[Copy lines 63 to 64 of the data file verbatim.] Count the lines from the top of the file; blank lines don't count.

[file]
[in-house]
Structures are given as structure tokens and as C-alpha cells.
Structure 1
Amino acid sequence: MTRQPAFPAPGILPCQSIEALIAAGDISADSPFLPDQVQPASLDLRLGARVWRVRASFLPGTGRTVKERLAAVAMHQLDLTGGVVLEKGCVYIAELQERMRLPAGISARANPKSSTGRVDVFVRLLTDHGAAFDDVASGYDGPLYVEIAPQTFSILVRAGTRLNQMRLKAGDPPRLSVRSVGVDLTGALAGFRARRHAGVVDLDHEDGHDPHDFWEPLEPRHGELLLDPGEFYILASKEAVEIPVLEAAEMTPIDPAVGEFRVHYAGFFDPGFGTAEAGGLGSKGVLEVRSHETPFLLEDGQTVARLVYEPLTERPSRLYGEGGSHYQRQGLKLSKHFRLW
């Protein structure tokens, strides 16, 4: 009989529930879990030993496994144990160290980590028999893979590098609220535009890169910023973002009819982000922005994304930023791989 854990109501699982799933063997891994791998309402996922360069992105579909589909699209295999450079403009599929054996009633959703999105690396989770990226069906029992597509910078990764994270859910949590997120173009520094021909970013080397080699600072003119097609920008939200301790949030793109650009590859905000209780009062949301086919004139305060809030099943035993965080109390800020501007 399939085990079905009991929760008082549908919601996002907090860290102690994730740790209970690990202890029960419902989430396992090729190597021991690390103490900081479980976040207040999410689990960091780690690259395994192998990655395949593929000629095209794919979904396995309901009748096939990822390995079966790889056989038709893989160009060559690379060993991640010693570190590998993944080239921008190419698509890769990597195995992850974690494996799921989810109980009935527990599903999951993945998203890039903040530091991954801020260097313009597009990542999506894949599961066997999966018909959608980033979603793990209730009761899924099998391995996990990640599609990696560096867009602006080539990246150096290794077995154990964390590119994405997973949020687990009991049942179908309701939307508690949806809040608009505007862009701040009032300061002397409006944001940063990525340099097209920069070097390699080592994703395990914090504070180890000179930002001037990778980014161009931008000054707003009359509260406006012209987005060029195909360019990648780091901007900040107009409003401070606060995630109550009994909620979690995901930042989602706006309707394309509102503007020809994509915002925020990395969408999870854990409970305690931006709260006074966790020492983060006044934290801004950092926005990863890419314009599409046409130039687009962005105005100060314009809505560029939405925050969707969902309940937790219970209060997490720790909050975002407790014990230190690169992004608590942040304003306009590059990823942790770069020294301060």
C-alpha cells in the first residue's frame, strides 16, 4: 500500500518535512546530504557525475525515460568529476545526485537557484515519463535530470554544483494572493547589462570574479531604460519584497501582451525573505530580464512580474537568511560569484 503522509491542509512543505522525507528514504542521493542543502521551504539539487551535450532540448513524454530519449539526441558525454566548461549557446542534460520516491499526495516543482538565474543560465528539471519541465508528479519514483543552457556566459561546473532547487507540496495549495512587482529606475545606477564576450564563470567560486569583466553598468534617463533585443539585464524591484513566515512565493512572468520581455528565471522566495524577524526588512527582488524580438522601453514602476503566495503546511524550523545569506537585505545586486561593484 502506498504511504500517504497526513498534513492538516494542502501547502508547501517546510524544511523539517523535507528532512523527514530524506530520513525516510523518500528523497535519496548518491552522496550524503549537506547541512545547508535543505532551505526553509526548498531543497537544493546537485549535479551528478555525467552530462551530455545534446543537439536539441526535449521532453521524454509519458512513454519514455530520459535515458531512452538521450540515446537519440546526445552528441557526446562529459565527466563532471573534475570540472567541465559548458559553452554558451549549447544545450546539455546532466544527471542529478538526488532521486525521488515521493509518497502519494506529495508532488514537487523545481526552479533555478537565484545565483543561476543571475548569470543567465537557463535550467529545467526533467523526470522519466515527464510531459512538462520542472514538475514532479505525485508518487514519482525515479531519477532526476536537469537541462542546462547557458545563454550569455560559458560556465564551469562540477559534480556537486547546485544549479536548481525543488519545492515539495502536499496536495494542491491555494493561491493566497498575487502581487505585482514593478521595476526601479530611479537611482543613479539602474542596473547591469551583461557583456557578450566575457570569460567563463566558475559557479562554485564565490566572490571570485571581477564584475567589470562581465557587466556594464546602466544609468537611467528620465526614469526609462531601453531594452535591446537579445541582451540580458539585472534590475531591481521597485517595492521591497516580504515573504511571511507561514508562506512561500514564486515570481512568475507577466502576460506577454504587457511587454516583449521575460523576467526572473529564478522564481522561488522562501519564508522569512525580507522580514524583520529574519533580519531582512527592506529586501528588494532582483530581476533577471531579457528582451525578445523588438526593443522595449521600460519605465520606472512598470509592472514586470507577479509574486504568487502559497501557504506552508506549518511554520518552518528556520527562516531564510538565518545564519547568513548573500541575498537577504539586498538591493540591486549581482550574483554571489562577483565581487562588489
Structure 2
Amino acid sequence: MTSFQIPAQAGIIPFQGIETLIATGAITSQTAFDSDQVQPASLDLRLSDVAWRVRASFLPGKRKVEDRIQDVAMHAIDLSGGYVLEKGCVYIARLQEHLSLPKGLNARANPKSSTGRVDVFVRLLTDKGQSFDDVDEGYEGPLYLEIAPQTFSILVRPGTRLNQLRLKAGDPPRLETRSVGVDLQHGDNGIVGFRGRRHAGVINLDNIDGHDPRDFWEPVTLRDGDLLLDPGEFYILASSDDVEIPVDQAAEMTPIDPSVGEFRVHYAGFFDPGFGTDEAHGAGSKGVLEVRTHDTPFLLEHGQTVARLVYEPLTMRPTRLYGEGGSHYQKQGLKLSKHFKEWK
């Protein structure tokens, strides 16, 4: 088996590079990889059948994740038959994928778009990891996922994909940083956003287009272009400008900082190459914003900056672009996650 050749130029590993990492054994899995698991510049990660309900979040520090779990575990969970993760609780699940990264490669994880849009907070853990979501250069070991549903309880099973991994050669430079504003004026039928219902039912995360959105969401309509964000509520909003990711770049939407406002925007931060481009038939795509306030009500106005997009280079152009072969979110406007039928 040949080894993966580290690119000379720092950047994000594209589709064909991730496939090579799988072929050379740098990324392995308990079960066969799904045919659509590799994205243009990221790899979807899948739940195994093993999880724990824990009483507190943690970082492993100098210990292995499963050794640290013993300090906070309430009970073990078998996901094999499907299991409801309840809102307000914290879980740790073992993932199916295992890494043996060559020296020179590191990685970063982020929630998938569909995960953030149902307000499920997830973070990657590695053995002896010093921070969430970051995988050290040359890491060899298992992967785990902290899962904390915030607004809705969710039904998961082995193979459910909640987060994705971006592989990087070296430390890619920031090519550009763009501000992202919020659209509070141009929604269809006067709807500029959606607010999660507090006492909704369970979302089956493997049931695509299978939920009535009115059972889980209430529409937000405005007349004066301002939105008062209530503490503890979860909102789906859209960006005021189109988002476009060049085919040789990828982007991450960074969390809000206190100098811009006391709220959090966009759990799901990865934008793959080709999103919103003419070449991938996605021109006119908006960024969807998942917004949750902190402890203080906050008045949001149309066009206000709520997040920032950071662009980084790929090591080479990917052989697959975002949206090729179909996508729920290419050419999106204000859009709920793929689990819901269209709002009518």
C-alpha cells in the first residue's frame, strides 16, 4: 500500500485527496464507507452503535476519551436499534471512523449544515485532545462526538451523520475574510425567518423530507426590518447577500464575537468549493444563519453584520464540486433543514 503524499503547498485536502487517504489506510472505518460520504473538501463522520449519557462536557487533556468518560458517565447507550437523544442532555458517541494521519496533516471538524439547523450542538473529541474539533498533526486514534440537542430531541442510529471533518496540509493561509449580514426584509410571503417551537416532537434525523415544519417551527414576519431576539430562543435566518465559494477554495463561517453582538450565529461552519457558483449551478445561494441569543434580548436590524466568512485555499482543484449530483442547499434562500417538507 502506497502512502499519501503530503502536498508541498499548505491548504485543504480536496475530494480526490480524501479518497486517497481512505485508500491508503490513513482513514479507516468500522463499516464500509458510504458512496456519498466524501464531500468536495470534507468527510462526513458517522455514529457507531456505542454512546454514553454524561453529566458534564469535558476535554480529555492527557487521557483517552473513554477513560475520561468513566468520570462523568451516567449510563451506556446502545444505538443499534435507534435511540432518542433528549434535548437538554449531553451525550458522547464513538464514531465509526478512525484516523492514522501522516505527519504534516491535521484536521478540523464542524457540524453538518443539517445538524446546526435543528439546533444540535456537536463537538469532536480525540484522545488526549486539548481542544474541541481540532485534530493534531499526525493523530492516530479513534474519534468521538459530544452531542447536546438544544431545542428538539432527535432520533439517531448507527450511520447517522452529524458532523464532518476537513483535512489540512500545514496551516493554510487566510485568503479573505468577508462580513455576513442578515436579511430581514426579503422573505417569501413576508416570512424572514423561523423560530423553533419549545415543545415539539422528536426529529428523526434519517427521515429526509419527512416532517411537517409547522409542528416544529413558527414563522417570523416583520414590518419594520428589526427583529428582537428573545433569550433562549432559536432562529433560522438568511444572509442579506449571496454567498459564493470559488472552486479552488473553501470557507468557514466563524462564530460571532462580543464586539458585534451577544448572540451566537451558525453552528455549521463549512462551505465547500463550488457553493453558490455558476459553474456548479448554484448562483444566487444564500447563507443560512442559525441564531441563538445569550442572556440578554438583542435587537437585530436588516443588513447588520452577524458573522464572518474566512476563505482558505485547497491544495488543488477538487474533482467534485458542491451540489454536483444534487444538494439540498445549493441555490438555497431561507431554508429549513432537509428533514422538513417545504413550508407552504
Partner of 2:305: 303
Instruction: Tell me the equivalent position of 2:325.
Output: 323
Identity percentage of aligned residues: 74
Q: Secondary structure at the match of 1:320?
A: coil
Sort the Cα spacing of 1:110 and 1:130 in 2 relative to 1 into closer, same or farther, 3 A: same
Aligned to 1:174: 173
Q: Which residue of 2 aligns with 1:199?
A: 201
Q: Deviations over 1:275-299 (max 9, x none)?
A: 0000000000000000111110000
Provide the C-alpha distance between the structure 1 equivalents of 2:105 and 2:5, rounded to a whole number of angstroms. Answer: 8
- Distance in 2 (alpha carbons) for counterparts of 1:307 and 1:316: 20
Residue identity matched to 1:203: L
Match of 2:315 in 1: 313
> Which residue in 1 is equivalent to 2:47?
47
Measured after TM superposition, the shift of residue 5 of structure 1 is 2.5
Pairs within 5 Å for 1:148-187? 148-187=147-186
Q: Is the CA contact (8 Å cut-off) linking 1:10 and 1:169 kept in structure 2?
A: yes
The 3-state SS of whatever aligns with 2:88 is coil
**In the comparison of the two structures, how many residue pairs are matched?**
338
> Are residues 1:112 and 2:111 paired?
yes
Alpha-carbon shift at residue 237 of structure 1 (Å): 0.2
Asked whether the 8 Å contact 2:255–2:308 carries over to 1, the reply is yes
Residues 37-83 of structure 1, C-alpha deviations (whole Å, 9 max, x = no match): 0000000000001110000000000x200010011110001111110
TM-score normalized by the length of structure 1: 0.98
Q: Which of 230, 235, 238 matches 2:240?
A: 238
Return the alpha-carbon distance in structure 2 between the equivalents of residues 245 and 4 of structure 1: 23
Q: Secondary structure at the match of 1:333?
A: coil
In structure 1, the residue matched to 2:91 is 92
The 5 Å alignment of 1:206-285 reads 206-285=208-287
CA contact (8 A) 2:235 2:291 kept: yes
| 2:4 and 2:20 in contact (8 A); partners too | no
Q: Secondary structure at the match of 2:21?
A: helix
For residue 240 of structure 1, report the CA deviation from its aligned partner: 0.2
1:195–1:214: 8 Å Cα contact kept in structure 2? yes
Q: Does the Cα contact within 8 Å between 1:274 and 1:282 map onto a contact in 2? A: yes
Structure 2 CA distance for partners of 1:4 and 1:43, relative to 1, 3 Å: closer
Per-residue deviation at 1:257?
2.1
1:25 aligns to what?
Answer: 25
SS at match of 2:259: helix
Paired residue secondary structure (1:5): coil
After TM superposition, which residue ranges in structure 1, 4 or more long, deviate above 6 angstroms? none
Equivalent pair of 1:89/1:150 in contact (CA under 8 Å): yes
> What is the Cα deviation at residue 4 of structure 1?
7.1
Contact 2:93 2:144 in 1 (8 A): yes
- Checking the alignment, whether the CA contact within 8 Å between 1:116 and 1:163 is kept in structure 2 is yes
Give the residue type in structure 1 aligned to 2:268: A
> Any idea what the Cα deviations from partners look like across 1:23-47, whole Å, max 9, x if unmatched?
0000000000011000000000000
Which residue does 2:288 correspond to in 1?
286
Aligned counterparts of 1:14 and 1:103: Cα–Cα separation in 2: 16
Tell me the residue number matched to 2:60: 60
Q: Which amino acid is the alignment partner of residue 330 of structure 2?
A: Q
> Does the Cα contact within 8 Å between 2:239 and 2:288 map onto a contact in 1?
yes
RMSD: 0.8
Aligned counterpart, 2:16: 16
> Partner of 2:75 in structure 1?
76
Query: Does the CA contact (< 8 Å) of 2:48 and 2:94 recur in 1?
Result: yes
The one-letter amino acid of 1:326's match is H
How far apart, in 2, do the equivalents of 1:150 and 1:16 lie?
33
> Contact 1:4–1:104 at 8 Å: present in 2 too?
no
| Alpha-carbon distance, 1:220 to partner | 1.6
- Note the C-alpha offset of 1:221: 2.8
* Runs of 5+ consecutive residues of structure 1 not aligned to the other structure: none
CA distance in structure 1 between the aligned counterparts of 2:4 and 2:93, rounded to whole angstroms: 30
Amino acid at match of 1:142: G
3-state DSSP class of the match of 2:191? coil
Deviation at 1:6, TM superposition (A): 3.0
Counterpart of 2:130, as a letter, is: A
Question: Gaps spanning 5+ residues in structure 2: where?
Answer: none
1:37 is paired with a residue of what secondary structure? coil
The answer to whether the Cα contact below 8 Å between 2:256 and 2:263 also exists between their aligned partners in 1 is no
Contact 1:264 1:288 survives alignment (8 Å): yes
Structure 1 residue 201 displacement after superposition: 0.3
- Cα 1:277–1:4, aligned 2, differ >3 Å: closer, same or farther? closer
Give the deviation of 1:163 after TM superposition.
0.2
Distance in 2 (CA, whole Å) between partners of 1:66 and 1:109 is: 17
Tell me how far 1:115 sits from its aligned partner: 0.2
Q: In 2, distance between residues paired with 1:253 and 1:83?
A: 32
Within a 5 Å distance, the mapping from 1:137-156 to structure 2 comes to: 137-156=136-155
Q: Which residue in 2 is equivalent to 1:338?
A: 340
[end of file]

After TM superposition, which residue ranges in structure 1, 4 or more long, deviate above 6 angstroms? none
Equivalent pair of 1:89/1:150 in contact (CA under 8 Å): yes